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COVID-19 Keeping People Behind Bars Longer, Damaging Hopes for Rehabilitation

Around Christmas 2020, an inmate at California State Prison Solano learned that his bunkmate had tested positive for COVID-19.  Instead of being placed in isolation, he was moved to the facility’s gym, where many inmates were already under quarantine, some of whom had already tested positive for COVID-19.  He continued to test negative but was kept in the gym.  He did his best to stay safe, even though signs for social distancing had been taken down.

Transfers of exposed persons have also endangered inmates, while in some cases, staff – the primary vector for COVID-19 entering prisons – refused to wear masks until complaints from prisoners and their families mounted, forcing administration to crack down.

The U.S. has the largest incarcerated population in the world, with COVID-19 infection rates for incarcerated populations reported at 3-4 times higher than those outside and death rates often twice as high.  The California Department of Corrections and Rehabilitation (CDCR) reports 216 deaths, to date, of 49,178 confirmed cases.

Image of a barbed wire fence at sunset.

Silhouette of barbed wire fence at sunset

As of March 31, 2020, CDCR was at 130.4% capacity across its facilities, with its Solano facility at 160.1%. CSP Solano was still over 120% capacity on December 31, 2020.  Overcrowding hampers isolation of infected and exposed inmates, while tougher sentencing over recent years has resulted in an older and more vulnerable inmate population.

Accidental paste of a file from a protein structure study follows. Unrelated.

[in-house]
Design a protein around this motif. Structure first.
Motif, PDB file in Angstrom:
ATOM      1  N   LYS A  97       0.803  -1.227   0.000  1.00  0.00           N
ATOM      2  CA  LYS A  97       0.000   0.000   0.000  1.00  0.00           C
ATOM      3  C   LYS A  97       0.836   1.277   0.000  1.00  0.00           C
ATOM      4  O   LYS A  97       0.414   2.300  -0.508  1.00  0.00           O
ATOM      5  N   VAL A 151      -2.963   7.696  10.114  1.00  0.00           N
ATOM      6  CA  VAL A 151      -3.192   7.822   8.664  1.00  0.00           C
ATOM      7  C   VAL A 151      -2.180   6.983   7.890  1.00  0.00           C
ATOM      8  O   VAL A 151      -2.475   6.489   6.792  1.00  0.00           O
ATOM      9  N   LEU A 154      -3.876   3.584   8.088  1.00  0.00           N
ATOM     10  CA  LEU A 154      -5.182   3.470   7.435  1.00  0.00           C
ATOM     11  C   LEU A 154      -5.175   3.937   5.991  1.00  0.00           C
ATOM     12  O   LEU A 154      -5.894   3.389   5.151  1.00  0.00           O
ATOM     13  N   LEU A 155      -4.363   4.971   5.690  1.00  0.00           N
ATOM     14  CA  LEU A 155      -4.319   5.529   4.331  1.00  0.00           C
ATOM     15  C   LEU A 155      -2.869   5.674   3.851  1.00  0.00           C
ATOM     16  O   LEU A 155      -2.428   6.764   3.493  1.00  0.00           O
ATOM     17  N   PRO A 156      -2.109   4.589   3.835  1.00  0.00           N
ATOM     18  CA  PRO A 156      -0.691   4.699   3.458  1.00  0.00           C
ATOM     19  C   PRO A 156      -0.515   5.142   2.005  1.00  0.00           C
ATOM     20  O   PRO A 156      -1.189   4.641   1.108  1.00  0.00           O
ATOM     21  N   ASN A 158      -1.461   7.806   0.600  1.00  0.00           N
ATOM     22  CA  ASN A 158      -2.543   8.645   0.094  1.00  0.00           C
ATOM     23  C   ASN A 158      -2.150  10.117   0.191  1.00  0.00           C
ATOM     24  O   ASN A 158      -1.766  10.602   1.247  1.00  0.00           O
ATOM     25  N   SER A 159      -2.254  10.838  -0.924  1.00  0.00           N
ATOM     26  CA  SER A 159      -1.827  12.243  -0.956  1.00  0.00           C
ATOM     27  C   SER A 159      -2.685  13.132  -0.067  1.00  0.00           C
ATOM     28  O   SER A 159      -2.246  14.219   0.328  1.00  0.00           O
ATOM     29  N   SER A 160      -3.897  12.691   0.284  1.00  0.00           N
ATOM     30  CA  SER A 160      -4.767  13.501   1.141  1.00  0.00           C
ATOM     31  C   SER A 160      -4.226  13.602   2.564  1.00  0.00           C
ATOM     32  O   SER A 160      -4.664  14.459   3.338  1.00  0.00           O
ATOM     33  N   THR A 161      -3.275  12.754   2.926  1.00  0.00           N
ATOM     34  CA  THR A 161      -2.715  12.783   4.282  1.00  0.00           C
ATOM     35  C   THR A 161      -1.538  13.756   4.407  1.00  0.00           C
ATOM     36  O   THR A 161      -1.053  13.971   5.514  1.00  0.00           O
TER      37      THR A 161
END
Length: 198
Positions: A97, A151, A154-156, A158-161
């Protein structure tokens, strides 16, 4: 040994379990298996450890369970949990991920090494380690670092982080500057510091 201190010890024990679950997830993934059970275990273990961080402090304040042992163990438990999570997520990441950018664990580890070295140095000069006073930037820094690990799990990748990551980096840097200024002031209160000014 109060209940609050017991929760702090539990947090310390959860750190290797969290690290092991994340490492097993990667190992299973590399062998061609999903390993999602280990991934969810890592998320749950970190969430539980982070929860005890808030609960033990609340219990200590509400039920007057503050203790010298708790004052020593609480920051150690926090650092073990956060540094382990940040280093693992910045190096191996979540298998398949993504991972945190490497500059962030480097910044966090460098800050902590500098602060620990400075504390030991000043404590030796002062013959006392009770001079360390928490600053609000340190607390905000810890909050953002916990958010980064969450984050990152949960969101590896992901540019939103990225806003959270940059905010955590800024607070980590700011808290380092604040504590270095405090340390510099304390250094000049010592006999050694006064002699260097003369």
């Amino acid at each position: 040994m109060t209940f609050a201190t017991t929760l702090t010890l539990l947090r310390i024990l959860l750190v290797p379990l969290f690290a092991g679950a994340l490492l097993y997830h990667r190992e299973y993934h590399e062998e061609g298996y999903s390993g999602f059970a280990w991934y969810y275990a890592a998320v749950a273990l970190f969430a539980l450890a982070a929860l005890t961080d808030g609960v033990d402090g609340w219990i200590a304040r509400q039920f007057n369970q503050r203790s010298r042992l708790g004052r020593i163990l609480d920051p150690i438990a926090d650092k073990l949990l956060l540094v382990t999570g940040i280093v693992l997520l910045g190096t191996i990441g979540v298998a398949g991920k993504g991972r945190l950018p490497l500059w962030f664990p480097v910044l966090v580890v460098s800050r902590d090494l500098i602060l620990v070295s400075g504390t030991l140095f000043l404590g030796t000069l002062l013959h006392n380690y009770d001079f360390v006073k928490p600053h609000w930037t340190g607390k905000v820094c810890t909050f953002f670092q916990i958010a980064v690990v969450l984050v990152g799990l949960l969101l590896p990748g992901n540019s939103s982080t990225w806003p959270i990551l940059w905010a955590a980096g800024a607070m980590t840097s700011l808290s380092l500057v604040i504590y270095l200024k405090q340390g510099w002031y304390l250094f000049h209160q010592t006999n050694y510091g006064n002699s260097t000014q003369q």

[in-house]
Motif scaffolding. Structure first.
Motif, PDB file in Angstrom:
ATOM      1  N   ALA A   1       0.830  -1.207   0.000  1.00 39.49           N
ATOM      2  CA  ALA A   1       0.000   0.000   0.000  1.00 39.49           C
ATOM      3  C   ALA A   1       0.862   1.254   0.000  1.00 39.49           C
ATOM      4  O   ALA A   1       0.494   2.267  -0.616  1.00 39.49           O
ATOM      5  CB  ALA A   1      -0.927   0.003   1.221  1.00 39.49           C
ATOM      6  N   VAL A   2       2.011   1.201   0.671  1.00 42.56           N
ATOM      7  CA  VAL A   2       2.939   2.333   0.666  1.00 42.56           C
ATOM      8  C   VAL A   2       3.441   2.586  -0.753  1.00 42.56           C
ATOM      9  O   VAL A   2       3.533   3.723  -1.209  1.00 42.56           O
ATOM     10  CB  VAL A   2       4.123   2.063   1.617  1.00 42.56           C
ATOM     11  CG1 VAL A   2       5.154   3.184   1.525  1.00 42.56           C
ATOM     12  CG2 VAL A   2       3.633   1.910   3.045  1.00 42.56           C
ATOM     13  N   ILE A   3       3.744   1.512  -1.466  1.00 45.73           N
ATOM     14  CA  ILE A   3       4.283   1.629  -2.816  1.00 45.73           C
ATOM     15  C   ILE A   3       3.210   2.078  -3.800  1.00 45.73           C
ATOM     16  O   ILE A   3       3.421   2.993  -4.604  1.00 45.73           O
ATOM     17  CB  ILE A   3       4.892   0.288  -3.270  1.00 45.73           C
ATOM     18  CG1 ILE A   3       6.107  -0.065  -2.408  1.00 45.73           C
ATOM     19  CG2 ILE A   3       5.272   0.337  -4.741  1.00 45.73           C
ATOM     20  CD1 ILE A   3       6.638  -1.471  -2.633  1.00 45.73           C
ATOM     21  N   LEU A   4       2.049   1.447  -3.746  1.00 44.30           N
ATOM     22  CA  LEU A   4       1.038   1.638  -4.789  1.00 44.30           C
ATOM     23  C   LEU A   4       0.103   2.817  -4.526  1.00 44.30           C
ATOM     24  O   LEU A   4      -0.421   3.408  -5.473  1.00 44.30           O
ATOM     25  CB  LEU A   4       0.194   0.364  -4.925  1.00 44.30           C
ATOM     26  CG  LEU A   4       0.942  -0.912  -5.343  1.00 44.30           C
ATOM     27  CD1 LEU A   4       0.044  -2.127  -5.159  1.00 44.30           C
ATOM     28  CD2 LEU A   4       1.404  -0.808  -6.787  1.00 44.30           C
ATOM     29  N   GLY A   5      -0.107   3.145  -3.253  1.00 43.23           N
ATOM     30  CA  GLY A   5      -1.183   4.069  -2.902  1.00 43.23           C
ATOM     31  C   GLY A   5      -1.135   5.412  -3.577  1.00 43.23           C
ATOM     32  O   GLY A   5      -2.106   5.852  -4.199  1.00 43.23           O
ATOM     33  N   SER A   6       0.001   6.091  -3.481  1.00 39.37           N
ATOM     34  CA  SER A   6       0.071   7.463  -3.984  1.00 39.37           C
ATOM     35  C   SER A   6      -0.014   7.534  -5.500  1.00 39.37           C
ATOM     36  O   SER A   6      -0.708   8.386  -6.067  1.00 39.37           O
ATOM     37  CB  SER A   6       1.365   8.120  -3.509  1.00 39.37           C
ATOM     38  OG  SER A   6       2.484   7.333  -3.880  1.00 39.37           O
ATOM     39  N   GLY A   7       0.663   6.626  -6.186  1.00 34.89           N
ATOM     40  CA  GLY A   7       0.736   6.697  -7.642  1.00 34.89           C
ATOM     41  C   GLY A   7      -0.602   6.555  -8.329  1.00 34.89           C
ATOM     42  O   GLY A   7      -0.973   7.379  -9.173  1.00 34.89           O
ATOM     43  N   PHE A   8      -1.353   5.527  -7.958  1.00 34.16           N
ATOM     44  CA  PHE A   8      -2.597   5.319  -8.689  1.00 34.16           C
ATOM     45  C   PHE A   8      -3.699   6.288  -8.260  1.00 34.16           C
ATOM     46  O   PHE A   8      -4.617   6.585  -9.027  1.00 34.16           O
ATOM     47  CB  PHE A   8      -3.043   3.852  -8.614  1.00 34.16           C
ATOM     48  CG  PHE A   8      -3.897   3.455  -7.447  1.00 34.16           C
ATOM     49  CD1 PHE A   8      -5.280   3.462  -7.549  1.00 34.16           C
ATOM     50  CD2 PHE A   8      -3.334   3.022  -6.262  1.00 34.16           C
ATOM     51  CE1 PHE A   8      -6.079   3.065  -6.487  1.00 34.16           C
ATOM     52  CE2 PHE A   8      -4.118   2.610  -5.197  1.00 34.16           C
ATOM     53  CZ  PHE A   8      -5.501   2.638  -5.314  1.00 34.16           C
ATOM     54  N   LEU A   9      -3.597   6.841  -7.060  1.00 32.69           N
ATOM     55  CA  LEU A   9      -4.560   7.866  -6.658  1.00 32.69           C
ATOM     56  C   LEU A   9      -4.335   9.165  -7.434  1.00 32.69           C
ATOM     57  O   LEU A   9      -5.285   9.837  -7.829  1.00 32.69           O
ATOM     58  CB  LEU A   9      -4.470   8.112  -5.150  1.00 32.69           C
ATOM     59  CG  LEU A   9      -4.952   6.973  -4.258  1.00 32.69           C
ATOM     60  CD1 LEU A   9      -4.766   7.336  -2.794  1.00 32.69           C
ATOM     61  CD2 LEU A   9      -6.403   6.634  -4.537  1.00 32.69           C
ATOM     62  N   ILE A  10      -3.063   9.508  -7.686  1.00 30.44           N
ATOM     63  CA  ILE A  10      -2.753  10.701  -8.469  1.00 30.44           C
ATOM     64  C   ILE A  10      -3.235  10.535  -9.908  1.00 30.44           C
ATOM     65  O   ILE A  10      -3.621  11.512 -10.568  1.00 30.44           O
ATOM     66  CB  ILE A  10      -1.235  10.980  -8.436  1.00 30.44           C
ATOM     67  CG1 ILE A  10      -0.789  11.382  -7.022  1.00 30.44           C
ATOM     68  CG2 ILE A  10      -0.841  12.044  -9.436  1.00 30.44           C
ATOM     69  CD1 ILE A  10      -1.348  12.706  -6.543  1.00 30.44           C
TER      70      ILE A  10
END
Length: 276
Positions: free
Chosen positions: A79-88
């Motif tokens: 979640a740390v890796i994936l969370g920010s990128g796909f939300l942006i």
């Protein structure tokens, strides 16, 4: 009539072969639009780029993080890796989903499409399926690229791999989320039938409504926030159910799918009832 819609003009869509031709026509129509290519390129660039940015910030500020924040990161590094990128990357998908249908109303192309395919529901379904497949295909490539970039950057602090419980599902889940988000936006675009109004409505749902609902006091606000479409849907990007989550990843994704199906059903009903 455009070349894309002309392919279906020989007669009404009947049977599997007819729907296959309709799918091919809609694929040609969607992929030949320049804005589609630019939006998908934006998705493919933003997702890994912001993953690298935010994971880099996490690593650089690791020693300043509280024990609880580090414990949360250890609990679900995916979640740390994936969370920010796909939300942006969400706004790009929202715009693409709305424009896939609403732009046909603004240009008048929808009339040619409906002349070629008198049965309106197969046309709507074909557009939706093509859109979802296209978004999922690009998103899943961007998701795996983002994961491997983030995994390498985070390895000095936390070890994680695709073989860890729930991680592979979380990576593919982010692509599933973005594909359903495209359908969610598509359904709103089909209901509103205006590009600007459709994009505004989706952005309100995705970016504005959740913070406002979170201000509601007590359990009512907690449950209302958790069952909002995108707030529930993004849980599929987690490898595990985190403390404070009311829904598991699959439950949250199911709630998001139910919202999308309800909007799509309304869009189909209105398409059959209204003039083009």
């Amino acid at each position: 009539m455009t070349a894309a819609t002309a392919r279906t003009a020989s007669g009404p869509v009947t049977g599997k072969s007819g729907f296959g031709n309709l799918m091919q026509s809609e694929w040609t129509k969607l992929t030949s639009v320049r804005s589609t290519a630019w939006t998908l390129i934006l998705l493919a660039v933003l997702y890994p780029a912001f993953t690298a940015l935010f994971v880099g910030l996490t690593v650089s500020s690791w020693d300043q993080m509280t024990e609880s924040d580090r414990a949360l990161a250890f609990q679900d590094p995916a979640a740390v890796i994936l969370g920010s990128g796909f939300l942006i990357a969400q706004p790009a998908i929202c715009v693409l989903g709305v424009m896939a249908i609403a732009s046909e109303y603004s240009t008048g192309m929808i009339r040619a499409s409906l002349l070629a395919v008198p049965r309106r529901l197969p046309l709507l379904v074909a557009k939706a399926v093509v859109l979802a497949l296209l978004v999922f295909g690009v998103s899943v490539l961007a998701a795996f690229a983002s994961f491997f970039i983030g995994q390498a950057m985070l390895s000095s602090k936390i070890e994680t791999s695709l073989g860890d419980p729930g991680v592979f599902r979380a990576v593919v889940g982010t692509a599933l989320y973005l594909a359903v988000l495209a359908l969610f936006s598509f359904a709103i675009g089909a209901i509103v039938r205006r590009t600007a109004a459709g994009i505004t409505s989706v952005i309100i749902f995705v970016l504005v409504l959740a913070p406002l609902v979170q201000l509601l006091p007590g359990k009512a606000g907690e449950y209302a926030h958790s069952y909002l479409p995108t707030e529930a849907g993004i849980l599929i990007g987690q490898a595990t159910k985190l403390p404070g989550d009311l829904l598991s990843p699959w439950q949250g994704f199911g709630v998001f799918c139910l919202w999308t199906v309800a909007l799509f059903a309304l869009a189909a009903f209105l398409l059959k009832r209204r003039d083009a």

Even though vaccinations of staff and vulnerable prisoners have been underway since December 2020, the pandemic is far from resolved and our incarcerated community continues to suffer. CDCR reports 39 active cases on March 17, 2021, 36 new in the last 14 days.

Some people may be spending extra time behind bars due to backlogged courts, delayed legal mail, and hampered legal investigations.

Public defenders face larger hurdles than before in communicating with their incarcerated clients and may be representing people they have never met.  With face-to-face visits shut down at the outset of the pandemic, defenders haven’t seen the people they represent for a year.  Deputy Federal Public Defender Michael Weinstein, who represents California prisoners challenging their convictions in federal court, explained that it’s difficult in this environment to build up the trust and personal relationship that form the basis of successful representation.

In-person mental health examinations in corrections facilities haven’t been possible since early 2020. Defenders are faced with the choice of moving forward with incomplete investigations or leaving their clients waiting behind bars longer in the hope that more thorough investigations become possible soon. This lose-lose situation is disheartening to public defenders trying to do the best they can for their clients.